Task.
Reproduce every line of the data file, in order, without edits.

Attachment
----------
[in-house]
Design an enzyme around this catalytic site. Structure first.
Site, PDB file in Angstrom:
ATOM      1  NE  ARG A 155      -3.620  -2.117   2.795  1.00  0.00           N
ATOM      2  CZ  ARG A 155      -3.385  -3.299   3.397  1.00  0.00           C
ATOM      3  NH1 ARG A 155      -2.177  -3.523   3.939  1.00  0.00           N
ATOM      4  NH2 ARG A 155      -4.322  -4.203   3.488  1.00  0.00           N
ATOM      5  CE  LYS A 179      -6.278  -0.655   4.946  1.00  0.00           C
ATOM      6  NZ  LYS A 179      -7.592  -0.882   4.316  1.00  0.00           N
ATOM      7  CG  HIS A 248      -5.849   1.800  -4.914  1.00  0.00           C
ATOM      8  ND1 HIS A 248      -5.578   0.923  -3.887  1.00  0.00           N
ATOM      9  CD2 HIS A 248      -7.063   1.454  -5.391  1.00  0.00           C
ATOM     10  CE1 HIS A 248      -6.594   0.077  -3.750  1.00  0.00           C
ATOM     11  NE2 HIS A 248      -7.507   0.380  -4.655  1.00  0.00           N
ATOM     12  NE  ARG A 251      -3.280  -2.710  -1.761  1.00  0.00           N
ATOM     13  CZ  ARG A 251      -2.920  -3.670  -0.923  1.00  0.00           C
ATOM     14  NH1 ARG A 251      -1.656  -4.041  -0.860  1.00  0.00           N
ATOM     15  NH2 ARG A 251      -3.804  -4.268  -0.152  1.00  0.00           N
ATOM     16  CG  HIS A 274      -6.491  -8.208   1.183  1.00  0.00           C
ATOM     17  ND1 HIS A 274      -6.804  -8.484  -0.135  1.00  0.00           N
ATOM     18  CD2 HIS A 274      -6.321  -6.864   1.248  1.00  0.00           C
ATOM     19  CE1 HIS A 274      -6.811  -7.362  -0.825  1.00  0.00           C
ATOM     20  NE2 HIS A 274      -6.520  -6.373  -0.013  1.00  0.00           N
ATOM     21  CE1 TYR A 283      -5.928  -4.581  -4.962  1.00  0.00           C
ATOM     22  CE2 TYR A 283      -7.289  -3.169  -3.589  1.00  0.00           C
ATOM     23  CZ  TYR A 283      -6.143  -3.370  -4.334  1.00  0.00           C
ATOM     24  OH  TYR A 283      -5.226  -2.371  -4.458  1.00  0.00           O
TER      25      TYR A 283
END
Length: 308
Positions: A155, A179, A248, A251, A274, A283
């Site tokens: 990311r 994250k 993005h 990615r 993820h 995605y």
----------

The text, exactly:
[in-house]
Design an enzyme around this catalytic site. Structure first.
Site, PDB file in Angstrom:
ATOM      1  NE  ARG A 155      -3.620  -2.117   2.795  1.00  0.00           N
ATOM      2  CZ  ARG A 155      -3.385  -3.299   3.397  1.00  0.00           C
ATOM      3  NH1 ARG A 155      -2.177  -3.523   3.939  1.00  0.00           N
ATOM      4  NH2 ARG A 155      -4.322  -4.203   3.488  1.00  0.00           N
ATOM      5  CE  LYS A 179      -6.278  -0.655   4.946  1.00  0.00           C
ATOM      6  NZ  LYS A 179      -7.592  -0.882   4.316  1.00  0.00           N
ATOM      7  CG  HIS A 248      -5.849   1.800  -4.914  1.00  0.00           C
ATOM      8  ND1 HIS A 248      -5.578   0.923  -3.887  1.00  0.00           N
ATOM      9  CD2 HIS A 248      -7.063   1.454  -5.391  1.00  0.00           C
ATOM     10  CE1 HIS A 248      -6.594   0.077  -3.750  1.00  0.00           C
ATOM     11  NE2 HIS A 248      -7.507   0.380  -4.655  1.00  0.00           N
ATOM     12  NE  ARG A 251      -3.280  -2.710  -1.761  1.00  0.00           N
ATOM     13  CZ  ARG A 251      -2.920  -3.670  -0.923  1.00  0.00           C
ATOM     14  NH1 ARG A 251      -1.656  -4.041  -0.860  1.00  0.00           N
ATOM     15  NH2 ARG A 251      -3.804  -4.268  -0.152  1.00  0.00           N
ATOM     16  CG  HIS A 274      -6.491  -8.208   1.183  1.00  0.00           C
ATOM     17  ND1 HIS A 274      -6.804  -8.484  -0.135  1.00  0.00           N
ATOM     18  CD2 HIS A 274      -6.321  -6.864   1.248  1.00  0.00           C
ATOM     19  CE1 HIS A 274      -6.811  -7.362  -0.825  1.00  0.00           C
ATOM     20  NE2 HIS A 274      -6.520  -6.373  -0.013  1.00  0.00           N
ATOM     21  CE1 TYR A 283      -5.928  -4.581  -4.962  1.00  0.00           C
ATOM     22  CE2 TYR A 283      -7.289  -3.169  -3.589  1.00  0.00           C
ATOM     23  CZ  TYR A 283      -6.143  -3.370  -4.334  1.00  0.00           C
ATOM     24  OH  TYR A 283      -5.226  -2.371  -4.458  1.00  0.00           O
TER      25      TYR A 283
END
Length: 308
Positions: A155, A179, A248, A251, A274, A283
């Site tokens: 990311r 994250k 993005h 990615r 993820h 995605y």